Philadelphia Eagles News

Eagles mourn the passing of Dick Lucas, member of 1960 Championship Team

The Eagles are saddened to learn of the passing of former tight end Dick Lucas, a member of the 1960 Championship Team. Lucas passed away on Wednesday in Philadelphia due to complications from COVID-19. He was 86 years old.

Lucas was the devoted husband of Barbara (Dunn) Lucas of West Chester, Pennsylvania for 59 years. In addition to his wife, he is survived by his daughter, Dr. Karen L. Lucas (Mark Harms); son, Brian K. Lucas (Shawna); daughter, Andrea L. Lucas (David Schubel); and four grandchildren: Alyssa Lucas, Michelle Lucas, Fiona Harms, and Isabel Harms.

Lucas was an Eagle before his NFL career started as the South Boston native played his college football for the Boston College Eagles. A 10th-round pick of the Chicago Bears in 1956, Lucas delayed the start to his pro career by fulfilling a two-year military commitment at the U.S. Marine Corps base in Quantico, Virginia. He was honorably discharged as a first lieutenant.

The 6-2, 213-pound Lucas joined the Pittsburgh Steelers in 1958, but suffered a leg injury that kept him out through the 1959 campaign. He was traded from Washington to the Eagles just before the start of the 1960 season. Lucas was unsure that he would get a fair chance with the Eagles, who were in need of help at tight end. Pro Football Hall of Fame defensive tackle Art Donovan, the Baltimore Colts legend and Boston College alumnus, explained how something special was brewing in Philadelphia.

Donovan's words turned out to be quite prophetic.

Lucas played all 13 games for the Eagles in 1960, including the historic NFL Championship victory over Vince Lombardi's Green Bay Packers.

"The team was a funny team," Lucas said in a previous interview for the special, A Championship Season: The 1960 Philadelphia Eagles, that was re-released on Friday. "We always thought we were better than what we were and we played better."

Lucas caught a career-high five touchdown passes in 1961, including one for the record books. In the season finale against Detroit, Lucas was on the receiving end of Sonny Jurgensen's 32nd and final touchdown pass that year. Jurgensen's single-season franchise record for touchdown passes stood until Carson Wentz surpassed it with 33 in 2017.

Lucas' four-year run with the Eagles came to a close in 1963. He finished with 30 receptions for 337 yards and six touchdowns. He made his home in West Chester, Pennsylvania and worked as an executive for the Merit Oil Company until he retired.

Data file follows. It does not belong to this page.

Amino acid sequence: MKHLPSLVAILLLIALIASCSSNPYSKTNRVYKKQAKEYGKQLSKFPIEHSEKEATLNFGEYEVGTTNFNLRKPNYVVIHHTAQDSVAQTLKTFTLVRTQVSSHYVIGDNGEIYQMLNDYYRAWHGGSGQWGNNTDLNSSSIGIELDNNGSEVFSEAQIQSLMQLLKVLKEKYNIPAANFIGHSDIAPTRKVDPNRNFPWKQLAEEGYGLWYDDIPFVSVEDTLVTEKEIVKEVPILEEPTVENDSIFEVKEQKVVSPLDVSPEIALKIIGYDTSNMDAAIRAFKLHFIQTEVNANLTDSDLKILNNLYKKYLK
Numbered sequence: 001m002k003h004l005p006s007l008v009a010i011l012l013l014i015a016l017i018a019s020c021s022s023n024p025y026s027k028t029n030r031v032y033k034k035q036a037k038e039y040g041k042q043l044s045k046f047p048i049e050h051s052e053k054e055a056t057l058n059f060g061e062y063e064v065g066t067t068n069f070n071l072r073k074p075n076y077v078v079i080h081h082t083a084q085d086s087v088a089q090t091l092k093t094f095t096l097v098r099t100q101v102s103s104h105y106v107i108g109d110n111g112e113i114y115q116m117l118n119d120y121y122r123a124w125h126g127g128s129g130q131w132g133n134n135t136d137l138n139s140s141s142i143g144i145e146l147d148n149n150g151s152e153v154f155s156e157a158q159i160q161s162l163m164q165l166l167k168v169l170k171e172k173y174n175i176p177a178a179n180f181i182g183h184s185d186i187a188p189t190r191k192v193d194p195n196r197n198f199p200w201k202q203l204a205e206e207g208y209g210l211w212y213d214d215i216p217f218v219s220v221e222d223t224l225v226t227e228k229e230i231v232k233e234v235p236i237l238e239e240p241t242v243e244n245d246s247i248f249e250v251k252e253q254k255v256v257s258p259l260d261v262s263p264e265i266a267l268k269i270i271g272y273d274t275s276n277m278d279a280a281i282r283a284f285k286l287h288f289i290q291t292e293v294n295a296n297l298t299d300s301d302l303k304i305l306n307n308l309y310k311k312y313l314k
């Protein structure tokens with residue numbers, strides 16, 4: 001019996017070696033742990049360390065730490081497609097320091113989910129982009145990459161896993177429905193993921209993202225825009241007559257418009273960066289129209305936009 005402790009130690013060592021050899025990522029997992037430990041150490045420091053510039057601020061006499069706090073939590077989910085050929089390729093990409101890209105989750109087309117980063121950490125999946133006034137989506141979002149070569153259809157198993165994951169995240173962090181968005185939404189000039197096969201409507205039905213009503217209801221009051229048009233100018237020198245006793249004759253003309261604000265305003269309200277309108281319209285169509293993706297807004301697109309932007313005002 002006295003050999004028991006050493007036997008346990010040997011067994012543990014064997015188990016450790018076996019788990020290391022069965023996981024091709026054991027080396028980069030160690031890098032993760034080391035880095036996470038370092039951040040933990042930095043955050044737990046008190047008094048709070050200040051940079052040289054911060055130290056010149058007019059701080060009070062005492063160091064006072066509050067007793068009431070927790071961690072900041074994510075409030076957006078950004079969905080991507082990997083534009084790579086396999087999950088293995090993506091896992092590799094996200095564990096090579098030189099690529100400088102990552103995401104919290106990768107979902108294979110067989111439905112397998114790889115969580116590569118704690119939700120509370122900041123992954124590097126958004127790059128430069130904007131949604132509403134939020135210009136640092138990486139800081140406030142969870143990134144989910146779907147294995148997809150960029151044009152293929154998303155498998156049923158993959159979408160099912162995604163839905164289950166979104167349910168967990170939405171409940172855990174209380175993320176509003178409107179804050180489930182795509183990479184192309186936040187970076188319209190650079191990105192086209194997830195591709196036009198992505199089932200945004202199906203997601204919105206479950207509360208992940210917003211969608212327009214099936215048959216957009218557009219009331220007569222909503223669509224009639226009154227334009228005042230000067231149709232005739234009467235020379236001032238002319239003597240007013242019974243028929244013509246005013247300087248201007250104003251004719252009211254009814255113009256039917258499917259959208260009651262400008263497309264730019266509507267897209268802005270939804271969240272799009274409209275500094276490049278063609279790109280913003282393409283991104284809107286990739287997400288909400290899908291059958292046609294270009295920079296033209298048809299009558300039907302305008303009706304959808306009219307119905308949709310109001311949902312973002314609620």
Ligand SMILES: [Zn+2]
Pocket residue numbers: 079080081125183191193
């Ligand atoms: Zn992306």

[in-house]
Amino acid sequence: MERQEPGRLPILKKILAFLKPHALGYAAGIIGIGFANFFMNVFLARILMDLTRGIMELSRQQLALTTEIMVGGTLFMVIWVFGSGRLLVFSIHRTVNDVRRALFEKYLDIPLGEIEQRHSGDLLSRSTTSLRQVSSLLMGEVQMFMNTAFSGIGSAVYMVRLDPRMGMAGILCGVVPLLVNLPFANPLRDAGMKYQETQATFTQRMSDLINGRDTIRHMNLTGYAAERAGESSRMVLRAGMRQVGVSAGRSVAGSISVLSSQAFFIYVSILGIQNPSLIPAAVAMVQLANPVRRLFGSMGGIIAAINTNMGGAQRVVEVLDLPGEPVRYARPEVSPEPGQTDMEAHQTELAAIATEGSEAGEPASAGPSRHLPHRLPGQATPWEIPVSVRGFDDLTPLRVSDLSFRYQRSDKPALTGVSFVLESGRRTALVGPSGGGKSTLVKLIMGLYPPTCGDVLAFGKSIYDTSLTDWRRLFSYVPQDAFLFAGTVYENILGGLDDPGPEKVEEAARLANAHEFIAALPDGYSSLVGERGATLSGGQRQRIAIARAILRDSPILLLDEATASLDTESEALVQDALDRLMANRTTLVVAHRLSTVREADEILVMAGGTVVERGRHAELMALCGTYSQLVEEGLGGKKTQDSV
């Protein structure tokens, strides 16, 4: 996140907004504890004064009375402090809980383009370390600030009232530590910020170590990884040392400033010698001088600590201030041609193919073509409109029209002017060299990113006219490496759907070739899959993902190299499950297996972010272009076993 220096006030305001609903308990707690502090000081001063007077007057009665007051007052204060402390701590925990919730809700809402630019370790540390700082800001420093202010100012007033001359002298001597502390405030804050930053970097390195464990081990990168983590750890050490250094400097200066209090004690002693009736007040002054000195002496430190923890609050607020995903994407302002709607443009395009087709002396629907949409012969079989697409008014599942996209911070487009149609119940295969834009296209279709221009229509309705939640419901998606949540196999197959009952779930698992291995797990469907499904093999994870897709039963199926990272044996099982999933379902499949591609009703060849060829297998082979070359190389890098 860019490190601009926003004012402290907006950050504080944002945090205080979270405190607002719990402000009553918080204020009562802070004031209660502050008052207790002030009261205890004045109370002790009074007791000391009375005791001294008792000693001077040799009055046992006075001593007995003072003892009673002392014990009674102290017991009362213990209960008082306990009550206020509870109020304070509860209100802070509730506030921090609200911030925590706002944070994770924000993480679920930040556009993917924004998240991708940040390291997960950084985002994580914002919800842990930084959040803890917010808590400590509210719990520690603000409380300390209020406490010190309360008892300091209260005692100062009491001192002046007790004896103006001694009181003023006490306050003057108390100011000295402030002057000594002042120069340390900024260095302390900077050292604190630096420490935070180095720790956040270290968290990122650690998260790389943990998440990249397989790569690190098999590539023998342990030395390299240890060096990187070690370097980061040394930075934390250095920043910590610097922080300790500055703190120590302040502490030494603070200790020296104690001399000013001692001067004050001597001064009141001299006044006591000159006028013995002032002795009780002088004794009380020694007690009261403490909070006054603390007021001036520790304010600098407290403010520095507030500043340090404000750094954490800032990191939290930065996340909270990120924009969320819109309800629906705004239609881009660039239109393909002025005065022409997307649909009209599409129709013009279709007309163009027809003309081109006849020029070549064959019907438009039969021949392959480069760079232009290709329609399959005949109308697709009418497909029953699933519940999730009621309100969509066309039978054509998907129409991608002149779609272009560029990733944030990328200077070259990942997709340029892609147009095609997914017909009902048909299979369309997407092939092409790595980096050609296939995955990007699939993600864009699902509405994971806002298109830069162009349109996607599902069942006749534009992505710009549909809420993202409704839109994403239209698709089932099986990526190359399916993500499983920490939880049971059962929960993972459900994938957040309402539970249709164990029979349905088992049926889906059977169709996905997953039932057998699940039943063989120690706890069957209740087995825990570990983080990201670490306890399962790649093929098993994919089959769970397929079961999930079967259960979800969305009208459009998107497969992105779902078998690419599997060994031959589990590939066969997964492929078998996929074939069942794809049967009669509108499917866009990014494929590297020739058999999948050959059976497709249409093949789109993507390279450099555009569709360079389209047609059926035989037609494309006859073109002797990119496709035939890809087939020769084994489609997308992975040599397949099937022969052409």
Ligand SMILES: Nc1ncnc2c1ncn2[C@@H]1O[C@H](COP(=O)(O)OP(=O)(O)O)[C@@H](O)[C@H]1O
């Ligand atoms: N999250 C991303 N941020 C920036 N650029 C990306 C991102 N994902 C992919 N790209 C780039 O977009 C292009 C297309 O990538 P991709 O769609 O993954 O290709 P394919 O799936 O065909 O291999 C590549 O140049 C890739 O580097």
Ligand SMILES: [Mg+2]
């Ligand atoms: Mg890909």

"He was the epitome of a football player in the 1960s in terms of what you would think of a football player," Lucas' son, Brian, said. "Rock-solid in his convictions. Loyal. If you weren't on his side, you had to watch your back."

Lucas remained close with the team, serving as president of the Philadelphia Eagles Alumni Association, participating in numerous golf tournaments and countless charitable events. He was also a Season Ticker Member and attended every home game last season except for one. For many years, Lucas rented an RV to tailgate in the parking lot before Eagles games. He enjoyed catching up with former teammates for reunions at Training Camp each year.

However, he was humble about his playing days. Brian Lucas said that he didn't learn many of the stories about his father as an Eagle until tributes were done about the 1960 team, especially around the 50th anniversary in 2010. Brian never saw his father wear his championship ring until later in life. Dick Lucas never kept any jerseys or paraphernalia.

"He was no-nonsense in that regard," Brian said of his father. "You do your job and you move on."

Lucas was proud to see another Eagles team win a championship. "Really thrilled," Brian said of his father's reaction to the 2017 Super Bowl Champions.

Dick Lucas watched the Eagles beat the Patriots in Super Bowl LII with family and friends at his assisted living home in West Chester. A few weeks earlier, the Eagles honored Lucas during the Divisional Round win over Atlanta. The Lucas family wanted to surprise him by taking him on the field before the game, but the stoic Lucas didn't want to be in the spotlight. He did agree to be shown on the videoboards from his seat, holding a No. 87 jersey.

The appreciation from the fans, understanding just how special it is to have a championship team in the city, brought a smile to Lucas' face.

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